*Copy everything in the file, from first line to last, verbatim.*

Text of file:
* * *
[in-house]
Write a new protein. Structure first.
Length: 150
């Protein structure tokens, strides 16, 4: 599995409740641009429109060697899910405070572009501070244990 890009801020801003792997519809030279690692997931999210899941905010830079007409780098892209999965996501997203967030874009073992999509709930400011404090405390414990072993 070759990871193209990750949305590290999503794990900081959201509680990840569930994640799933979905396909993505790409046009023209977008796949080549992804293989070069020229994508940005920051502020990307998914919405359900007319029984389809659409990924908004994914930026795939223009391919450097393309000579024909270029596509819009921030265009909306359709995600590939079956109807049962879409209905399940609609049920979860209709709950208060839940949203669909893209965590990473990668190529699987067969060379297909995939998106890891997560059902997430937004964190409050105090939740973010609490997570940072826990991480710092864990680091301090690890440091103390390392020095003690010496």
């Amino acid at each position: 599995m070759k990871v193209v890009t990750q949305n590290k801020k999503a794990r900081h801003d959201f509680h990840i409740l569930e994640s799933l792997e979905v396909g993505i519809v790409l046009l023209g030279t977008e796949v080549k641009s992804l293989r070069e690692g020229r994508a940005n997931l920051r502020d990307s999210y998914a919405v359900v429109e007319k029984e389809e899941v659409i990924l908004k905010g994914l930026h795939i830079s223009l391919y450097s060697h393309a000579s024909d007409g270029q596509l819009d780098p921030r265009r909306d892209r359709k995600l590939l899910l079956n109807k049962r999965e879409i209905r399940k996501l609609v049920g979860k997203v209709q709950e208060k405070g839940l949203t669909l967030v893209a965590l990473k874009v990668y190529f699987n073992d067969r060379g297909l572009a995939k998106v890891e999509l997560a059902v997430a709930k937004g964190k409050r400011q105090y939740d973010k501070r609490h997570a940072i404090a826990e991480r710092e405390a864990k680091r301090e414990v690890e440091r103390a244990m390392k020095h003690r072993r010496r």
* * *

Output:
[in-house]
Write a new protein. Structure first.
Length: 150
């Protein structure tokens, strides 16, 4: 599995409740641009429109060697899910405070572009501070244990 890009801020801003792997519809030279690692997931999210899941905010830079007409780098892209999965996501997203967030874009073992999509709930400011404090405390414990072993 070759990871193209990750949305590290999503794990900081959201509680990840569930994640799933979905396909993505790409046009023209977008796949080549992804293989070069020229994508940005920051502020990307998914919405359900007319029984389809659409990924908004994914930026795939223009391919450097393309000579024909270029596509819009921030265009909306359709995600590939079956109807049962879409209905399940609609049920979860209709709950208060839940949203669909893209965590990473990668190529699987067969060379297909995939998106890891997560059902997430937004964190409050105090939740973010609490997570940072826990991480710092864990680091301090690890440091103390390392020095003690010496």
């Amino acid at each position: 599995m070759k990871v193209v890009t990750q949305n590290k801020k999503a794990r900081h801003d959201f509680h990840i409740l569930e994640s799933l792997e979905v396909g993505i519809v790409l046009l023209g030279t977008e796949v080549k641009s992804l293989r070069e690692g020229r994508a940005n997931l920051r502020d990307s999210y998914a919405v359900v429109e007319k029984e389809e899941v659409i990924l908004k905010g994914l930026h795939i830079s223009l391919y450097s060697h393309a000579s024909d007409g270029q596509l819009d780098p921030r265009r909306d892209r359709k995600l590939l899910l079956n109807k049962r999965e879409i209905r399940k996501l609609v049920g979860k997203v209709q709950e208060k405070g839940l949203t669909l967030v893209a965590l990473k874009v990668y190529f699987n073992d067969r060379g297909l572009a995939k998106v890891e999509l997560a059902v997430a709930k937004g964190k409050r400011q105090y939740d973010k501070r609490h997570a940072i404090a826990e991480r710092e405390a864990k680091r301090e414990v690890e440091r103390a244990m390392k020095h003690r072993r010496r």